The first Treaty Agreement the UK had with China, the Treaty of Nanjing, covered the following clauses as concerns trade (others dealt with war reparations and other unfair impositions upon China, however for the purposes of this article, I concentrate purely on the trade aspect and leave the political material elsewhere). The Treaty of Nanjing’s trade clauses’ fundamental purpose was to change the framework of foreign trade imposed by the previous trade agreement, known as the Canton System, which had been in operation since 1760 – some 82 years – and had not been negotiated directly by the British government, but by appointed agents (The British East India Company). Those 82 years even then were a long time in underlying trade protocols between two large economies, even if one was the dominant world power.
By Stephen O’Regan
Senior Associate, International Business Advisory
Dezan Shira & Associates, Guangzhou
The Chinese government has launched a three-month campaign to crack down on pyramid schemes. The campaign follows a series of frauds that recently led to four deaths, and associated protests that erupted in downtown Beijing this summer.
The campaign, which will last until November 15, 2017, aims to eliminate gangs and scammers that lure and mislead job seekers into participating in pyramid schemes. The government’s announcement of the crackdown sent stocks of Multi-Level Marketing (MLM) companies – such as Herbalife and Nu Skin – tumbling, due to fears that the campaign could disrupt their operations.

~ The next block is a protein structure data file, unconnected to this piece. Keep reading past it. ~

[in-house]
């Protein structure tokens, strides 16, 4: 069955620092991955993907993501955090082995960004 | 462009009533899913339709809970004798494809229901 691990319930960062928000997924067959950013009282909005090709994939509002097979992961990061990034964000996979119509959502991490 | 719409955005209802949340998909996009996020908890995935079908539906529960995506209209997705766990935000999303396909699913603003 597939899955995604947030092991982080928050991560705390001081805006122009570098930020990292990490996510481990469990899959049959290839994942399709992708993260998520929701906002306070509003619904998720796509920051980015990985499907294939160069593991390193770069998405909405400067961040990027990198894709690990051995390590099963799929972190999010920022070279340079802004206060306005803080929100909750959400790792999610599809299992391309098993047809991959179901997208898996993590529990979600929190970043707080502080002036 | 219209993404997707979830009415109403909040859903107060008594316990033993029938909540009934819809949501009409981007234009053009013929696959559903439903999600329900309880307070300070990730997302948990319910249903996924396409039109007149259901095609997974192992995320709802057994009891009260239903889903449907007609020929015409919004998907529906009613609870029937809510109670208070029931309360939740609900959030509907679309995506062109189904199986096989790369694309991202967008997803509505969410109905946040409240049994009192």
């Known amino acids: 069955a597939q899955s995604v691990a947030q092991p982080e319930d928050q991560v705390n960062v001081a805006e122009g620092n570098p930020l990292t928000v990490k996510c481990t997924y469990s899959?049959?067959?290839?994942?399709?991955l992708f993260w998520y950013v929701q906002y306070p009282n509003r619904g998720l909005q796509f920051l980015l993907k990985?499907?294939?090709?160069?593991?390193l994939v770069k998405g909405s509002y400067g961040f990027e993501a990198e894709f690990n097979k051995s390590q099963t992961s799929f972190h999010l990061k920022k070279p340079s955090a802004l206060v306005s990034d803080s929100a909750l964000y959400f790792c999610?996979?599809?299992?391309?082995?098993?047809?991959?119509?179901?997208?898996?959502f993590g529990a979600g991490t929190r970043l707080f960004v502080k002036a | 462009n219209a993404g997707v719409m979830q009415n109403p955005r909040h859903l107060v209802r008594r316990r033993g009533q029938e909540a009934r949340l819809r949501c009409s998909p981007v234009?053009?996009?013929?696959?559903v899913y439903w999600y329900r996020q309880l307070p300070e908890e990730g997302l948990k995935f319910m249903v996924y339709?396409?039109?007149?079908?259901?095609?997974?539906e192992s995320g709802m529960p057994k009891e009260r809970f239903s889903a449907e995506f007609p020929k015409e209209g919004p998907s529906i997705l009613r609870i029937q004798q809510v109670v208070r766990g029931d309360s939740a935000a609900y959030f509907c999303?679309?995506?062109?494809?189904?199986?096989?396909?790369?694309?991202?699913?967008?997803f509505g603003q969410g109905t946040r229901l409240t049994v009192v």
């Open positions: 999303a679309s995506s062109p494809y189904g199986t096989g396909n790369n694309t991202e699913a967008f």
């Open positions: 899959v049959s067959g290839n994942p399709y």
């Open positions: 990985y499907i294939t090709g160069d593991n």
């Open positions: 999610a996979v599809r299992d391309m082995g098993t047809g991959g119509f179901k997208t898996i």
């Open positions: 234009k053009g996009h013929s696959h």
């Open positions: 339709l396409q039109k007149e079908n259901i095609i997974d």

By Chet Scheltema
Foreign investors reviewing Chinese financials may find themselves at a loss to ascertain the standard for booking revenue and expenses. Confounded, they may simply conclude that local accountants are engaged in cash-based accounting.
International Financial Reporting Standards (IFRS) and US Generally Accepted Accounting Principles (GAAP) dictate revenue and expense recognition standards. While often complex, the core principle requires matching completed work with corresponding revenue in a way consistent with the business arrangement of the parties.
Chinese GAAP is much the same: it’s accrual-based accounting, not cash-based. But here’s the challenge. The onerous demands of China’s value-added tax (VAT) system may mean that practical VAT system considerations dominate the ordering of business transactions, and deprioritize GAAP financial reporting standards.